“Eating fish with lower levels of mercury provides numerous health and dietary benefits,” said Nancy Stoner, the EPA’s acting assistant administrator for the Office of Water. “This updated advice will help pregnant women and mothers make informed decisions about the right amount and right kinds of fish to eat during important times in their lives and their children’s lives.”

The updated draft advice cautions pregnant or breastfeeding women to avoid four types of fish that are associated with high mercury levels: tilefish from the Gulf of Mexico; shark; swordfish; and king mackerel. In addition, the updated draft advice recommends limiting consumption of white (albacore) tuna to 6 ounces a week.

Choices lower in mercury include some of the most commonly eaten fish, such as shrimp, pollock, salmon, canned light tuna, tilapia, catfish and cod.

When eating fish caught from local streams, rivers and lakes, follow fish advisories from local authorities. If advice isn’t available, limit your total intake of such fish to 6 ounces a week and 1-3 ounces for children.

Before issuing final advice, the agencies will consider public comments, and also intend to seek the advice of the FDA’s Risk Communication Advisory Committee and conduct a series of focus groups.

The public can provide comment on the draft advice and the supplemental questions and answers by submitting comments to the Federal Register docket or by participating in any public meetings that may be held. The comment period will be open until 30 days after the last transcript from the advisory committee meeting and any other public meetings becomes available. The dates of any public meetings, as well as when the public comment period will close, will be published in future Federal Register notices at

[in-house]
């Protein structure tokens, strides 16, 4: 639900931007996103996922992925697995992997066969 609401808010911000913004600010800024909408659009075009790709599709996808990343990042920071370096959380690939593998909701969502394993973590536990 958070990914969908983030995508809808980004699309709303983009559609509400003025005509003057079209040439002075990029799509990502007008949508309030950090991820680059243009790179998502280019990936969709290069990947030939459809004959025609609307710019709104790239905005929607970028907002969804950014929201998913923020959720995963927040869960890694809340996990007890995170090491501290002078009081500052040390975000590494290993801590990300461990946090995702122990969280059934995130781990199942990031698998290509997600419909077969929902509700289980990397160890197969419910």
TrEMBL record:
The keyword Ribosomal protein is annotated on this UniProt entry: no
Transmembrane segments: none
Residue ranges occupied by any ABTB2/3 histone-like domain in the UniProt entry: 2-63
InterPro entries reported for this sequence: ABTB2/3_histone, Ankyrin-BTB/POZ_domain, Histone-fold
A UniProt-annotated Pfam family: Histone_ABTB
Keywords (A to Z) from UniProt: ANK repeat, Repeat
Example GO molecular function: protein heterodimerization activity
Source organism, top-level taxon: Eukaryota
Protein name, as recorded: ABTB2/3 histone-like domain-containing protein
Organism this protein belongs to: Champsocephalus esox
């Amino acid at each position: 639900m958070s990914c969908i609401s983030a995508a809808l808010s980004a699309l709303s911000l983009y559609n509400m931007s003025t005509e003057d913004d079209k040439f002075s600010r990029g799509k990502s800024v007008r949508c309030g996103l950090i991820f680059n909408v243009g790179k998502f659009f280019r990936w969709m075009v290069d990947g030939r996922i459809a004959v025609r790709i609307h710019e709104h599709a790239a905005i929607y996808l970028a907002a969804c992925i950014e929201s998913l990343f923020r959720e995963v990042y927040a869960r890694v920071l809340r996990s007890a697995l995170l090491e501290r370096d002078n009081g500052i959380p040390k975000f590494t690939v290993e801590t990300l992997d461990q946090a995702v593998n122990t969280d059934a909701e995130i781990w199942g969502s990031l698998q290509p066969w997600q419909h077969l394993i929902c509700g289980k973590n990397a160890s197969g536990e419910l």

For more information:
To comment on the draft advice on fish consumption:
  • Starting Wednesday, June 11, 2014, submit comments through the Federal Register docket at
Jan 7 2014

9 Reasons To Eat Fish Right Now

All things considered, 2013 was not the best year for fish news. We learned all about the dangers of contaminated fish sources and, just in December, a large-scale study published in The Journal of Nutrition found some evidence to contradict the commonly held belief that a fish-rich diet improved cognitive function in old age.

But, looking forward, the news gets better: In its first issue of 2014, the Journal of the Academy of Nutrition and Dietetics released a new position on fat intake, promoting fatty fish as the go-to source for polyunsaturated fatty acids:

   It is the position of the Academy of Nutrition and Dietetics that dietary fat for the healthy adult population should provide 20 percent to 35 percent of energy, with an increased consumption of n-3 polyunsaturated fatty acids and limited intake of saturated and trans fats.

Two “long-chain” omega-3 fatty acids found in fish, EPA (eicosapentaenoic acid) and DHA (docosahexaenoic acid), are not made by the human body, meaning we need to eat them from a dietary source. Many people get omega-3 fatty acids from plant sources like flax seeds and walnuts, though this type of “good” fat — alpha-linolenic acid — only partially converts to EPA and DHA in the body and doesn’t have the same amount of research behind it that omega-3s derived from fish do. Here are nine reasons to eat fish for your health: